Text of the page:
His support of the Affordable Care Act. This plan is based on what I call “the three pillars of economic failure”; price controls, third party payer systems and coercion. My long history with macroeconomics has unequivocally proven to me that it is an open book test and these three pillars have been tried repeatedly. Their record of failure is unparalleled at 100%. No serious economist, when separated from ideological loyalty can show one case in the history of civilization where any of these three pillars has either met a defined metric or led to economic prosperity.

4. Would you make voting to repeal Obamacare a campaign pledge?


5. Federal revenues have historically averaged in the range of 18 percent of GDP. The Congressional Budget Office projects federal spending to reach 26% of GDP by the beginning of the next decade. Several plans, including one from House Budget Committee Chairman Paul Ryan, have been floated to solve the problem. Do you support Ryan’s plan or would you attack the deficit another way?

I have enormous respect for Congressman Ryan for having the courage to put out a real plan with tangible goals knowing full well that the pundits would pillory him for it. I support a number of his economic proposals and firmly believe that when we place income in the hands of the working American they can spend it far more efficiently than a government, which has consistently failed to do so. The 18% figure quoted is accurate and as informed voters we should familiarize ourselves with it. The nearly infinite manipulations by the “Wizards of Washington” have not historically, and will never move, this long-term average. The lesson being that as we grow our GDP we must keep spending levels under control.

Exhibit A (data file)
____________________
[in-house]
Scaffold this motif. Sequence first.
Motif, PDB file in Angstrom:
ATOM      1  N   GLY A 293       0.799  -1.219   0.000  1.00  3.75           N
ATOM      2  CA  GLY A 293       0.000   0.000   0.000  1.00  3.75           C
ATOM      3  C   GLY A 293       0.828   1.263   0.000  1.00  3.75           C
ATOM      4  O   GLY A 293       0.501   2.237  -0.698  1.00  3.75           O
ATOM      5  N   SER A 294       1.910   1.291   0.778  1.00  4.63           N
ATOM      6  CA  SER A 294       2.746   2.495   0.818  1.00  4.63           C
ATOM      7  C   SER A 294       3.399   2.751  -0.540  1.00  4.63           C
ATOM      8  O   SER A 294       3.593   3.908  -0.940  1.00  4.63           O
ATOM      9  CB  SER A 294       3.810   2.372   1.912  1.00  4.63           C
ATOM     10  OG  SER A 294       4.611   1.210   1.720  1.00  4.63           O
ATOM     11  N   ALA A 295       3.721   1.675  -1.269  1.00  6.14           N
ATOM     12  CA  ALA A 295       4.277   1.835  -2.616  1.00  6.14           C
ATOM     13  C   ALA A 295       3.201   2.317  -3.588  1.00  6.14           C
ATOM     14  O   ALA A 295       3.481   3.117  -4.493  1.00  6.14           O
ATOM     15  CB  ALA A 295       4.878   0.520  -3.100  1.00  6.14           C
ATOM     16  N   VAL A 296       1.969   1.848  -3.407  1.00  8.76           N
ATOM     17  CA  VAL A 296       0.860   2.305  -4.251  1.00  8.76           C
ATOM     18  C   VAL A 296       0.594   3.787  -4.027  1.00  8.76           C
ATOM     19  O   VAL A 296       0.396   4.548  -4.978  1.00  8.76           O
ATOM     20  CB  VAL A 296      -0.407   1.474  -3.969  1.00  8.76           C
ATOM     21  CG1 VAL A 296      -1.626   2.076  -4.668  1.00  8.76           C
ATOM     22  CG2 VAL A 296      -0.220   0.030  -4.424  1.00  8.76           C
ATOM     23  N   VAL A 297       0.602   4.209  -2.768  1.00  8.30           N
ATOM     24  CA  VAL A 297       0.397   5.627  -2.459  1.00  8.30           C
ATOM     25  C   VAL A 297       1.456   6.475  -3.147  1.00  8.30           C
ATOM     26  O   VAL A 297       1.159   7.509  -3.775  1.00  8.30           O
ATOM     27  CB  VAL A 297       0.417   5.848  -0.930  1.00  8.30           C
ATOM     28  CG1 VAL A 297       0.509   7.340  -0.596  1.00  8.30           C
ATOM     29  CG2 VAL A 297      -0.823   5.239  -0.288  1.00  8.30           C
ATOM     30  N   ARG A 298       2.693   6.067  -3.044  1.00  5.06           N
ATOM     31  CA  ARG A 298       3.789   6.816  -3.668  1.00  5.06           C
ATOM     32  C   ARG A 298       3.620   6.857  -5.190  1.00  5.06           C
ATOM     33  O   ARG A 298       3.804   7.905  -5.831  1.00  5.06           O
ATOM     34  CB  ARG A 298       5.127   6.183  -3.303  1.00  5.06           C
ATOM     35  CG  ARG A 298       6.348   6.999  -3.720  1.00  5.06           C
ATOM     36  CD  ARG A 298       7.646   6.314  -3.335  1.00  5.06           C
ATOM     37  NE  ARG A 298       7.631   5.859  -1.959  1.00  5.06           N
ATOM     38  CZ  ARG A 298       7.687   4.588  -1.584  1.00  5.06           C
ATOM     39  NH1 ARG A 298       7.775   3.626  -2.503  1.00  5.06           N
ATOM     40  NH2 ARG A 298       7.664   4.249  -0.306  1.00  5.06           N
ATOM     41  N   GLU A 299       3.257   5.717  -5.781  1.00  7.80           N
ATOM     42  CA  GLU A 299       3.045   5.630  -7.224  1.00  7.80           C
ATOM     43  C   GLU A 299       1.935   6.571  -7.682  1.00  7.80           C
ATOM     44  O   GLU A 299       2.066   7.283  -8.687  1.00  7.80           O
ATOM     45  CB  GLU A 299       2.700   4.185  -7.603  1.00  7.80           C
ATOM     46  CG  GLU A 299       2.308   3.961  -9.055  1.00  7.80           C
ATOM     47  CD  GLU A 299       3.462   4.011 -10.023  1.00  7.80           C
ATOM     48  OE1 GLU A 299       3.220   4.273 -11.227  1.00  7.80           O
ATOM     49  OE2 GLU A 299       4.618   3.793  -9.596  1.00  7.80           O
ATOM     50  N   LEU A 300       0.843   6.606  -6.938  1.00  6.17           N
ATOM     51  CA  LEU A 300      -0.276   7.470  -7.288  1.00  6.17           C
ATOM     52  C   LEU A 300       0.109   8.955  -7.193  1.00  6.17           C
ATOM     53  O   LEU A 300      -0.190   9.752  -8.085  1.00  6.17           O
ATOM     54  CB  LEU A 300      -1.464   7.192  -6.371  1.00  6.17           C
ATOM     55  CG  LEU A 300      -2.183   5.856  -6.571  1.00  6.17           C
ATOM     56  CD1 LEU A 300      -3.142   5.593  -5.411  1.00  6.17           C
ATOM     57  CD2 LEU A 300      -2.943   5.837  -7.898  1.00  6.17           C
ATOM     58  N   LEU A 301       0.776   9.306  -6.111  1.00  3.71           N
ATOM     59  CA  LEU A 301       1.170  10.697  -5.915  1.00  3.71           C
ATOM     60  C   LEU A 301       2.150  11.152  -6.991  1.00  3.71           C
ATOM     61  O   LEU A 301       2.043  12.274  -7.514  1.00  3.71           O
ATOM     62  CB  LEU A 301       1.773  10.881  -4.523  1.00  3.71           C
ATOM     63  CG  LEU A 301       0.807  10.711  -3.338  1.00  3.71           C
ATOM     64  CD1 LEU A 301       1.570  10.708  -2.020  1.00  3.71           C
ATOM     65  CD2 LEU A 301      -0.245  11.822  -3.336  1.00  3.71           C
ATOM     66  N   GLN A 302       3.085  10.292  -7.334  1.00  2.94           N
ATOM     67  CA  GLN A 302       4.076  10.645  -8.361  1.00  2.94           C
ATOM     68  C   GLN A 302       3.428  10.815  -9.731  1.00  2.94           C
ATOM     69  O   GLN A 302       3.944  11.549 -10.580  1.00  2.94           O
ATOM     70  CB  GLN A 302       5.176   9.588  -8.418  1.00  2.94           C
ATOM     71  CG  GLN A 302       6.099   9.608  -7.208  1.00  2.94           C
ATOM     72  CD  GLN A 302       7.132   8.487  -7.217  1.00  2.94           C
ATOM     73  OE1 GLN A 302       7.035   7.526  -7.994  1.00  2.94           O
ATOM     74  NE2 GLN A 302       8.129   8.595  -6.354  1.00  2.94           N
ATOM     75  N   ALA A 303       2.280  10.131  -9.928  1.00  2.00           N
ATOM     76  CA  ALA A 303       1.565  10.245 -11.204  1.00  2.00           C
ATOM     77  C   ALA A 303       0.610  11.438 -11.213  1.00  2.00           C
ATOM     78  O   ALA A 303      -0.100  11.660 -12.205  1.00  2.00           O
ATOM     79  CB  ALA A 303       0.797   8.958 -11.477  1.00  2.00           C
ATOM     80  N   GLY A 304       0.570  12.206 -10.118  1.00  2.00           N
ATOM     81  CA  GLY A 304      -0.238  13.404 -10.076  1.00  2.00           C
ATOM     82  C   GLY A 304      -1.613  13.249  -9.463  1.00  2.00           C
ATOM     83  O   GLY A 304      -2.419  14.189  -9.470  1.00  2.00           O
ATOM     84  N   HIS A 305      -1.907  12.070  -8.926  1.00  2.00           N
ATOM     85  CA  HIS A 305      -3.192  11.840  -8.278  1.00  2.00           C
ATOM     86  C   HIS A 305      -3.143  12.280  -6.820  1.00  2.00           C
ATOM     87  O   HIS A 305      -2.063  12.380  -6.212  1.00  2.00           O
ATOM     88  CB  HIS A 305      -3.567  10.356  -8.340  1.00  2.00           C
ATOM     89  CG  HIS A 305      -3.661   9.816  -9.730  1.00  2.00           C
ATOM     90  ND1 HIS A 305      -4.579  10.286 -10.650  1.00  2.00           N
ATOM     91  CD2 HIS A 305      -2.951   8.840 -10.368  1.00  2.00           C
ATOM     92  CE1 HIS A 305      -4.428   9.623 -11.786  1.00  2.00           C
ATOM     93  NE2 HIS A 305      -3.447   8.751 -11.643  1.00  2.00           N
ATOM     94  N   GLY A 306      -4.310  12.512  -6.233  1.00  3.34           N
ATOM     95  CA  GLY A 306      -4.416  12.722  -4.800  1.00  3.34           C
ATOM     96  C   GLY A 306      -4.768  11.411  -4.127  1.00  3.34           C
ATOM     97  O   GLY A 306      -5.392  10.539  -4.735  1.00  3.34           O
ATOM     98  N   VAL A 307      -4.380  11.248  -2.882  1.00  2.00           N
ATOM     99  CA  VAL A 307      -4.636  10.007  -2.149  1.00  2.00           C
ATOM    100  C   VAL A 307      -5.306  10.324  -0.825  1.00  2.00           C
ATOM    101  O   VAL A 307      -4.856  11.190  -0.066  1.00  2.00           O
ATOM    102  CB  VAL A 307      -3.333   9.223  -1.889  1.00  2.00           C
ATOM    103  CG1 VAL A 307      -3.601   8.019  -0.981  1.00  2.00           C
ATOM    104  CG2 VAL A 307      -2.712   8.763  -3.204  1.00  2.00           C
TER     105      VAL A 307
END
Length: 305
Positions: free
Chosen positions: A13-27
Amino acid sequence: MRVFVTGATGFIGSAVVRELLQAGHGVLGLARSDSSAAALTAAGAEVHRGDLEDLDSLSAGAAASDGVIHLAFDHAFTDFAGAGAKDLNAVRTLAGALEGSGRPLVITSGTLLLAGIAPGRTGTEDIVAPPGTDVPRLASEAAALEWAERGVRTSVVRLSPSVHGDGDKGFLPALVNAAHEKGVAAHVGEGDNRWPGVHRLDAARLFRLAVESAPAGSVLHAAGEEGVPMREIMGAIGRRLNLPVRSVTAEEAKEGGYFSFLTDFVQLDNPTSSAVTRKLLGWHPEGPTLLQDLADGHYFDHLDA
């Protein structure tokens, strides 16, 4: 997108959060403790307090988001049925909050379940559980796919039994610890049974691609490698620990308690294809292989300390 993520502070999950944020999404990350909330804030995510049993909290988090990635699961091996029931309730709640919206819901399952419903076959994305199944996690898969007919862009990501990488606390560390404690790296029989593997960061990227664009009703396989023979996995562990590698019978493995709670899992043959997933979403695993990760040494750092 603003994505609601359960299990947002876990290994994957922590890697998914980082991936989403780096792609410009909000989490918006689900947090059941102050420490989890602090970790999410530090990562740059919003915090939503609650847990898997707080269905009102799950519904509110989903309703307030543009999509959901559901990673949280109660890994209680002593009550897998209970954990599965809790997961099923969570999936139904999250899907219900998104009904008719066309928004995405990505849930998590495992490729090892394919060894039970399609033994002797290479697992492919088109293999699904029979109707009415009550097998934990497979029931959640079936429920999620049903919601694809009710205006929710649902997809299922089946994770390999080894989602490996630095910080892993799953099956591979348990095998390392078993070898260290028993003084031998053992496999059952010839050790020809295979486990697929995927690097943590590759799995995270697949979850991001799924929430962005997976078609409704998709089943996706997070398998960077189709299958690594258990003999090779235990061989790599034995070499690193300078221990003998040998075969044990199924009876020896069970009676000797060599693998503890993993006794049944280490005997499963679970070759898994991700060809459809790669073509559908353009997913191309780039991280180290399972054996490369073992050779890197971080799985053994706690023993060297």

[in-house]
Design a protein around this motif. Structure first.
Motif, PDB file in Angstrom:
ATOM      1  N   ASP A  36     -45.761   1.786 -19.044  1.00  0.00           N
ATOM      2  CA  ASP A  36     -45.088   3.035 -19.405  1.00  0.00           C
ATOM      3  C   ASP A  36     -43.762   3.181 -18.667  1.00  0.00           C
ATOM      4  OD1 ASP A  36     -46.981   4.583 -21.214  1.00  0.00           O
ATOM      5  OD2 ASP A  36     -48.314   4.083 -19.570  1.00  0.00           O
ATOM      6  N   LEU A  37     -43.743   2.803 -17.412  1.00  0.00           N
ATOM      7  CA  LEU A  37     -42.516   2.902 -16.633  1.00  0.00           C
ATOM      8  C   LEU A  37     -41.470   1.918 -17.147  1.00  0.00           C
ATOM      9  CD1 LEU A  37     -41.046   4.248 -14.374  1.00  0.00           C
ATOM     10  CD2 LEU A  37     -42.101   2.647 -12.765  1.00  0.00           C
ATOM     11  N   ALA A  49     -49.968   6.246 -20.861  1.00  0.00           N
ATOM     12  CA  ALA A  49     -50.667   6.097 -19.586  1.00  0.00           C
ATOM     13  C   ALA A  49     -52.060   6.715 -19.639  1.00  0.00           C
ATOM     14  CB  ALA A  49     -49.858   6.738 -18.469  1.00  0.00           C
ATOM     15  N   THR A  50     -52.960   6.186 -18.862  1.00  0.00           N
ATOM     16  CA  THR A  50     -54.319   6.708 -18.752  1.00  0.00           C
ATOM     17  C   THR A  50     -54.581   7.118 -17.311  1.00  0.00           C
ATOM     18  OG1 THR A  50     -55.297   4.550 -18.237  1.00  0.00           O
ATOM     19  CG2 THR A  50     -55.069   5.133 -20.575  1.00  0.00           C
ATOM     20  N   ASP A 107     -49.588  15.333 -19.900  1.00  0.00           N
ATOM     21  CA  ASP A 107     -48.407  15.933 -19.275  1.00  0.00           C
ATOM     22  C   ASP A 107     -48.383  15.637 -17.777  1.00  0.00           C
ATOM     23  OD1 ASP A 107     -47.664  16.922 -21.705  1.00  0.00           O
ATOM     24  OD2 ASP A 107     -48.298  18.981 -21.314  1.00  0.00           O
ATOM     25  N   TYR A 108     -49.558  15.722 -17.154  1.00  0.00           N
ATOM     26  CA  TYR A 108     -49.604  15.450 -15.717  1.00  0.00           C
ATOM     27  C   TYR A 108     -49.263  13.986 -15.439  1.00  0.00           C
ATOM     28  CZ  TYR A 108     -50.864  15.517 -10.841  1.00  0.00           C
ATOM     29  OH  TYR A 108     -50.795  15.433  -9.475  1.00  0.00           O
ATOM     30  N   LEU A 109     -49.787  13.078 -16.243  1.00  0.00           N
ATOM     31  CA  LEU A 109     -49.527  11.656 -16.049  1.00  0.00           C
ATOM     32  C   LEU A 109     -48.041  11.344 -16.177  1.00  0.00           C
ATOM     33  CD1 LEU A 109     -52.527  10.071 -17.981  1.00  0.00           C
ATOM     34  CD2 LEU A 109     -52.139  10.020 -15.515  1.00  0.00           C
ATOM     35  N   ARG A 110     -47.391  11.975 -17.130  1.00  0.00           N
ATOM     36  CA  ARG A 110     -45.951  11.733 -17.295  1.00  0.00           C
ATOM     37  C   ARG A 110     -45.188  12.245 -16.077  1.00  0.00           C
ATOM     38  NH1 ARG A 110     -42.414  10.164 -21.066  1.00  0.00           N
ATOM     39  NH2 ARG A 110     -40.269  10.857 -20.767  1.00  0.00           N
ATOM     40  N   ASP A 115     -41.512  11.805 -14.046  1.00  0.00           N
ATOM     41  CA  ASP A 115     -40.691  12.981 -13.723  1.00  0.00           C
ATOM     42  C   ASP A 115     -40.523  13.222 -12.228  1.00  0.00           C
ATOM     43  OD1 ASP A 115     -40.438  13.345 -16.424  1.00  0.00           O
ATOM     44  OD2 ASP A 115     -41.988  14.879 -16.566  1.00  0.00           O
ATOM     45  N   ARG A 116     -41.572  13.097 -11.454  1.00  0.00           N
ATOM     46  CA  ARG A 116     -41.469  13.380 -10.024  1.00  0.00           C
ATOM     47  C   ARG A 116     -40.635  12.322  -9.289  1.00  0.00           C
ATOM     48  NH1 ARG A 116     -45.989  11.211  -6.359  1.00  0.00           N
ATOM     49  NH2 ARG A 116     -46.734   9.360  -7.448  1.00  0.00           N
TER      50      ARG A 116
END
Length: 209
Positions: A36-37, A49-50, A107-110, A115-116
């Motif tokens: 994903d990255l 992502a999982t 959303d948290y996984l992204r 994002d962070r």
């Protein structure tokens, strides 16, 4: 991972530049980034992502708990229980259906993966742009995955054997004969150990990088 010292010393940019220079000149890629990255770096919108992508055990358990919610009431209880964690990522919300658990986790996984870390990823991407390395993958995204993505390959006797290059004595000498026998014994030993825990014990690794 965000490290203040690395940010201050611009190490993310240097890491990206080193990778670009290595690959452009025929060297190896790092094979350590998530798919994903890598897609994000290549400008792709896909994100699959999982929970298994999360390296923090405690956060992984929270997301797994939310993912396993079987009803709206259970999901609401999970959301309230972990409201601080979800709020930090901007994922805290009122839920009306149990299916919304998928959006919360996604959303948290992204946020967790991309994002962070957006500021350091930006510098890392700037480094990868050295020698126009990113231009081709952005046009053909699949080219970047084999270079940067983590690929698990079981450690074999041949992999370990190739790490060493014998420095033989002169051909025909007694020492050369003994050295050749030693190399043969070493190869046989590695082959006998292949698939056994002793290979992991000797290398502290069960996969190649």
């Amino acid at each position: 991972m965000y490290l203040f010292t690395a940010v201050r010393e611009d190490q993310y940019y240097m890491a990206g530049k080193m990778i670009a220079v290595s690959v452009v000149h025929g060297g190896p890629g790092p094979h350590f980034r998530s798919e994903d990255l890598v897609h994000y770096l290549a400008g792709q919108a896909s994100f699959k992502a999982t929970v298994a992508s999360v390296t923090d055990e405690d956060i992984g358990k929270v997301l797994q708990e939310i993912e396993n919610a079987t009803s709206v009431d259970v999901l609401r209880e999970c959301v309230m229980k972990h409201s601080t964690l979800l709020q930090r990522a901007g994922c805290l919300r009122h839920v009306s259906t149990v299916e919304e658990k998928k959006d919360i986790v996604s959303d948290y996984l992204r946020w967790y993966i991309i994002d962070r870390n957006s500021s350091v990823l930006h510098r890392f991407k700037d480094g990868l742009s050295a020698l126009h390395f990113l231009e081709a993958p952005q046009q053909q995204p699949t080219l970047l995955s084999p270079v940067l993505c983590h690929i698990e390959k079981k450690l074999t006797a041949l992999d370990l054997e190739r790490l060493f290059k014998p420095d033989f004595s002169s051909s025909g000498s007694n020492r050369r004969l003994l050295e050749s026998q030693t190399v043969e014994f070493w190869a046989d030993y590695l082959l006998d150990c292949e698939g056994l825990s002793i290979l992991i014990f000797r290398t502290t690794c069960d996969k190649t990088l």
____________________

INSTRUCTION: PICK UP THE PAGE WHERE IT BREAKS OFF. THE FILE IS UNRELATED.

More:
6. Would you vote to lift the nation’s debt ceiling, if so under what conditions?

Only with attached legislation installing an annual deficit cap on spending as percentage of GDP with the only exception being National Emergency. If we don’t act quickly, the bond market surely will impose a debt “ceiling” upon us, and decisions will be made for us. Google the terms (Greece, IMF, mandates) if you feel this issue is not paramount.